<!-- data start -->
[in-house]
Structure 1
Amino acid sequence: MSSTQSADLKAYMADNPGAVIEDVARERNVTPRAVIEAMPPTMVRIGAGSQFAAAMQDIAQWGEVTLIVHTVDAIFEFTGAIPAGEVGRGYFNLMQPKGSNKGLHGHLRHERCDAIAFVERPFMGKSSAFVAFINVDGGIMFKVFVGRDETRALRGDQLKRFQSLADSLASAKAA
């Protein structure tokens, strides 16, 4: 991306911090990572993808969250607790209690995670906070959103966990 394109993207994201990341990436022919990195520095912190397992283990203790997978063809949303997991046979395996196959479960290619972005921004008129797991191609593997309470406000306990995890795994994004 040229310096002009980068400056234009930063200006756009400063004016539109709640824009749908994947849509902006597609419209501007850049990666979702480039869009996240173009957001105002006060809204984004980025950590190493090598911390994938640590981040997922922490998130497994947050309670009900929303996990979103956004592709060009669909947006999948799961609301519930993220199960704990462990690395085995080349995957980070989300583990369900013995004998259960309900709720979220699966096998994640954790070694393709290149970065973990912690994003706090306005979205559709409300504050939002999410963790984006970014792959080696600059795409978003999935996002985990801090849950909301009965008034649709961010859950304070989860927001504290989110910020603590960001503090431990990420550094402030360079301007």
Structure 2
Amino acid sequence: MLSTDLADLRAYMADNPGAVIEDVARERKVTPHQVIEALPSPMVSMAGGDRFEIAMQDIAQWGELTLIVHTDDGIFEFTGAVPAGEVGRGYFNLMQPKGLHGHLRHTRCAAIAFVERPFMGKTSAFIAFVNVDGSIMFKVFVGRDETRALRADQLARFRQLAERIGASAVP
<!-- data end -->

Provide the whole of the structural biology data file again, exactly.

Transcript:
[in-house]
Structure 1
Amino acid sequence: MSSTQSADLKAYMADNPGAVIEDVARERNVTPRAVIEAMPPTMVRIGAGSQFAAAMQDIAQWGEVTLIVHTVDAIFEFTGAIPAGEVGRGYFNLMQPKGSNKGLHGHLRHERCDAIAFVERPFMGKSSAFVAFINVDGGIMFKVFVGRDETRALRGDQLKRFQSLADSLASAKAA
């Protein structure tokens, strides 16, 4: 991306911090990572993808969250607790209690995670906070959103966990 394109993207994201990341990436022919990195520095912190397992283990203790997978063809949303997991046979395996196959479960290619972005921004008129797991191609593997309470406000306990995890795994994004 040229310096002009980068400056234009930063200006756009400063004016539109709640824009749908994947849509902006597609419209501007850049990666979702480039869009996240173009957001105002006060809204984004980025950590190493090598911390994938640590981040997922922490998130497994947050309670009900929303996990979103956004592709060009669909947006999948799961609301519930993220199960704990462990690395085995080349995957980070989300583990369900013995004998259960309900709720979220699966096998994640954790070694393709290149970065973990912690994003706090306005979205559709409300504050939002999410963790984006970014792959080696600059795409978003999935996002985990801090849950909301009965008034649709961010859950304070989860927001504290989110910020603590960001503090431990990420550094402030360079301007």
Structure 2
Amino acid sequence: MLSTDLADLRAYMADNPGAVIEDVARERKVTPHQVIEALPSPMVSMAGGDRFEIAMQDIAQWGELTLIVHTDDGIFEFTGAVPAGEVGRGYFNLMQPKGLHGHLRHTRCAAIAFVERPFMGKTSAFIAFVNVDGSIMFKVFVGRDETRALRADQLARFRQLAERIGASAVP